Little D, little report

Discussion in 'Fly Fishing Forum' started by Steve Unwin, Sep 1, 2013.

  1. Hit the little D for the first time this year today. My parents live about 30 minutes away so my dad and I headed down this morning. The water was running a little high but the wading want difficult, and it created some really nice pools.

    First catch of the day was my own chin, as I yanked a stuck fly out of some brush. Of course, I forgot to crush the barb on that one; thankfully it was small, like 18-20 but it was still painful enough that I didn't forget to crush anymore. My dad help extricate it for me.

    After a slow start to the day, I finally picked up a healthy 9" cutt behind a log. After that I didn't get any more hits, but moved upstream to a nice pool that emptied out around a big tuft right in the middle of the stream. Caught 3 more 7-8 inchers in there, all on the same dry.

    No real notable insect activity. A few small mayflies and midges but not much else.

    A few missed takes otherwise, including the one that came about 8 inches out of the water after my fly.

    My dad caught one 9", and we headed home around 12.30
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  2. Very nice fish. That first one is a real sweetheart. What is the little D?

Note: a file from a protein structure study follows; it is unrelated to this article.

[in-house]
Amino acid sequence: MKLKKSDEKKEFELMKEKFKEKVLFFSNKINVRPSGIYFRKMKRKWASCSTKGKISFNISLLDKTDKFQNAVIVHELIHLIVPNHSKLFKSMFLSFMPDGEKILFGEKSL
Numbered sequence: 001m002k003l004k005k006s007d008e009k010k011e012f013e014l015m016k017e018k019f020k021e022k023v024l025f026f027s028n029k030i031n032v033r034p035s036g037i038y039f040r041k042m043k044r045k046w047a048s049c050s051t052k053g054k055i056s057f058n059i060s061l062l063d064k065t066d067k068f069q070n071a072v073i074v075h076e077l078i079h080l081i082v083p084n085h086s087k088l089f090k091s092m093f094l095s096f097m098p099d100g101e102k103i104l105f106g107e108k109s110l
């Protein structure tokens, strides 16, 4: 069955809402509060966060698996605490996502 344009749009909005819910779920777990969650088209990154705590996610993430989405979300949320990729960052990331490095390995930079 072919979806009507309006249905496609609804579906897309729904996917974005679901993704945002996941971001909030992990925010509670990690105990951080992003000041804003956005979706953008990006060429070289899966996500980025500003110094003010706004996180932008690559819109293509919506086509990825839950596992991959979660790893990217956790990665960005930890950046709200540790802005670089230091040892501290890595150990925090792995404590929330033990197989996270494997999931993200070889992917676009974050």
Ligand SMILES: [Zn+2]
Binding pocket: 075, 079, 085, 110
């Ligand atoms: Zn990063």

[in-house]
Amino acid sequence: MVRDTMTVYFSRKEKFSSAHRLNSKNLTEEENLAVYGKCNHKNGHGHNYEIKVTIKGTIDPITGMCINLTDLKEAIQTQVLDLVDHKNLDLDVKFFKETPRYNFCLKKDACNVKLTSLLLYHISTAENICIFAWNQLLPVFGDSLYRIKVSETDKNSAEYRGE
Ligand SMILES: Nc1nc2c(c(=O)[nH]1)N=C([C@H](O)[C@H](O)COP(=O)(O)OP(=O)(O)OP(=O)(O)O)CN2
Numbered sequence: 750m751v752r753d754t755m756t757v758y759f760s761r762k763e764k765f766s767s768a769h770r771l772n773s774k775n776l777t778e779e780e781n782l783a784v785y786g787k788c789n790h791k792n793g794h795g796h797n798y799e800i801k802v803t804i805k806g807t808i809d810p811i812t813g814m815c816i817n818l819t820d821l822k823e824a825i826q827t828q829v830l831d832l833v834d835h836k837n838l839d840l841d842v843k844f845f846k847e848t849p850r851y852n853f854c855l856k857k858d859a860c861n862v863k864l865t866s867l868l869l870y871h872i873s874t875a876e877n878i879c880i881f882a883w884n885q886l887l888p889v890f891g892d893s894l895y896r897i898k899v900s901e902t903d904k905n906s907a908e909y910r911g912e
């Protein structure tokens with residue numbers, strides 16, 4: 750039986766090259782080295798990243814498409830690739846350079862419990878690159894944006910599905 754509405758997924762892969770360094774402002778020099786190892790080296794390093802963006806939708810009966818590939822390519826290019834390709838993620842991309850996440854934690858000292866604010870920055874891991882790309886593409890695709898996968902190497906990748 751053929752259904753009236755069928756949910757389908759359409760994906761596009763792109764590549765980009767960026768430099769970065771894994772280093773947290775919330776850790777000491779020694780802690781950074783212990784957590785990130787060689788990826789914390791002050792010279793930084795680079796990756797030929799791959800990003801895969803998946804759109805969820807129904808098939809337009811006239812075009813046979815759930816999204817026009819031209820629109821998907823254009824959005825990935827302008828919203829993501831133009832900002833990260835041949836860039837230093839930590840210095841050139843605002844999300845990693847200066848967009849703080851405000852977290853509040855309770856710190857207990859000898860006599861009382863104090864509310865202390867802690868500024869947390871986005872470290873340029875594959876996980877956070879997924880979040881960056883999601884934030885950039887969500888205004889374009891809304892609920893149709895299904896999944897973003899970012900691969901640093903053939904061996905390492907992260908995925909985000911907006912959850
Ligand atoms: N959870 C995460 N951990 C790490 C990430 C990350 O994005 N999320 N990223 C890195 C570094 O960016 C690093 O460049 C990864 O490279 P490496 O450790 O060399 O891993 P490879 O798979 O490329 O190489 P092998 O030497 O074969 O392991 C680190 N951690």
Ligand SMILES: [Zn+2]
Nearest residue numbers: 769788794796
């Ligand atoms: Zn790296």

anti.team likes this.
  3. The Deschutes river, it's a small runoff fed stream that empties into Budd Inlet, and runs through Tumwater, Rainier, Vail, etc. Decent fishing for wild cutts, about the size shown. Year round C&R for trout.
    It's sometimes referred to as the little Deschutes or Little D to distinguish from the Deschutes in OR.
     
  4. I was looking at one of my many maps of Washington, and in the process of following the river up stream, you come to a falls on that river and above the falls the river is actually called the Little Deschutes.
     
  5. Hi Jim-

    Yup, that would be Deschutes Falls. I believe there is a park there now, and that the land upstream of the falls is privately owned by (unnamed) timber company, and is gated.
     
  6. The park area is now owned by the county and is no longer open to the public. Truly a shame that people can no longer visit that area, as it's beautiful. The Little "D" is what I call the entire river when speaking to other fly fishers, in order to differentiate from the Deschutes in Oregon.

    Little Deschutes Falls
     
  7. It will be more crowded the next time you visit...small water is often over pressured when discussed so openly.
     
  8. The little Deschutes is about as top secret as the SF Snoqualmie. Only there are more dogs playing fetch, kids swimming and throwing rocks, and other people walking right through the pool you are fishing.
     
  9. Access to this river is very limited, unless you know somebody who has property on the river. The places where you can access are normally overrun by people and their dogs and/or just don't provide worthwhile fishing. I went there the other day and their were a couple dozen people and their dogs swimming and frolicking around the best places to fish. Walking up river I asked some of these folks if I could run a fly thru the best spot on that stretch and one guy said sure. He told me he had a snorkel mask and looked in the water earlier and said he saw what looked like 12 or 13 inch fish. Yep, there's normally one about that size in that spot, but I think the kids and the dogs put the fish down.